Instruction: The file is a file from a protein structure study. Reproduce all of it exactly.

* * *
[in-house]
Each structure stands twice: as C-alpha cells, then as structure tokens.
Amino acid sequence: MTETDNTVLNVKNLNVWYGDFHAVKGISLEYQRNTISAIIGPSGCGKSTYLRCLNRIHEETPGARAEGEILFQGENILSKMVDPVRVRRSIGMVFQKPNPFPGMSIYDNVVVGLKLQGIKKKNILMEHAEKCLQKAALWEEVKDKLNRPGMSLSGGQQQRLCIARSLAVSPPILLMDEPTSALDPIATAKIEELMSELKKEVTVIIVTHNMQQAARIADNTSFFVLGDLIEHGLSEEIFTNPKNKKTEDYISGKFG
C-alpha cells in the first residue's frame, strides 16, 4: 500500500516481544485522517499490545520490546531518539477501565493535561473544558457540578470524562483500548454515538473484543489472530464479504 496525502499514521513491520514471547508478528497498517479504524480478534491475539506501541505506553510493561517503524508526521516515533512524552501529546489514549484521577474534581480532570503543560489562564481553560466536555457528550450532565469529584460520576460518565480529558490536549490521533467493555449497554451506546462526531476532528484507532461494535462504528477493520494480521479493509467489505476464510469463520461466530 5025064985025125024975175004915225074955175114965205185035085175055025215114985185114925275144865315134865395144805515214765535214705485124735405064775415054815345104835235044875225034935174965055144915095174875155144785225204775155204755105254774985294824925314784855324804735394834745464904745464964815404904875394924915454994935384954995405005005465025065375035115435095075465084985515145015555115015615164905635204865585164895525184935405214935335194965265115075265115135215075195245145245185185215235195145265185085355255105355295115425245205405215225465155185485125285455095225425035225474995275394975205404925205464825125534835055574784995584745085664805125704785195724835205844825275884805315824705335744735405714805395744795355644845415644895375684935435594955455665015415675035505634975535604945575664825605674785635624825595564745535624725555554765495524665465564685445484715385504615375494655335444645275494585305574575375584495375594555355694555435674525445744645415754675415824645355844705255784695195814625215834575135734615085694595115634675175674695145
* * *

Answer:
[in-house]
Each structure stands twice: as C-alpha cells, then as structure tokens.
Amino acid sequence: MTETDNTVLNVKNLNVWYGDFHAVKGISLEYQRNTISAIIGPSGCGKSTYLRCLNRIHEETPGARAEGEILFQGENILSKMVDPVRVRRSIGMVFQKPNPFPGMSIYDNVVVGLKLQGIKKKNILMEHAEKCLQKAALWEEVKDKLNRPGMSLSGGQQQRLCIARSLAVSPPILLMDEPTSALDPIATAKIEELMSELKKEVTVIIVTHNMQQAARIADNTSFFVLGDLIEHGLSEEIFTNPKNKKTEDYISGKFG
C-alpha cells in the first residue's frame, strides 16, 4: 500500500516481544485522517499490545520490546531518539477501565493535561473544558457540578470524562483500548454515538473484543489472530464479504 496525502499514521513491520514471547508478528497498517479504524480478534491475539506501541505506553510493561517503524508526521516515533512524552501529546489514549484521577474534581480532570503543560489562564481553560466536555457528550450532565469529584460520576460518565480529558490536549490521533467493555449497554451506546462526531476532528484507532461494535462504528477493520494480521479493509467489505476464510469463520461466530 5025064985025125024975175004915225074955175114965205185035085175055025215114985185114925275144865315134865395144805515214765535214705485124735405064775415054815345104835235044875225034935174965055144915095174875155144785225204775155204755105254774985294824925314784855324804735394834745464904745464964815404904875394924915454994935384954995405005005465025065375035115435095075465084985515145015555115015615164905635204865585164895525184935405214935335194965265115075265115135215075195245145245185185215235195145265185085355255105355295115425245205405215225465155185485125285455095225425035225474995275394975205404925205464825125534835055574784995584745085664805125704785195724835205844825275884805315824705335744735405714805395744795355644845415644895375684935435594955455665015415675035505634975535604945575664825605674785635624825595564745535624725555554765495524665465564685445484715385504615375494655335444645275494585305574575375584495375594555355694555435674525445744645415754675415824645355844705255784695195814625215834575135734615085694595115634675175674695145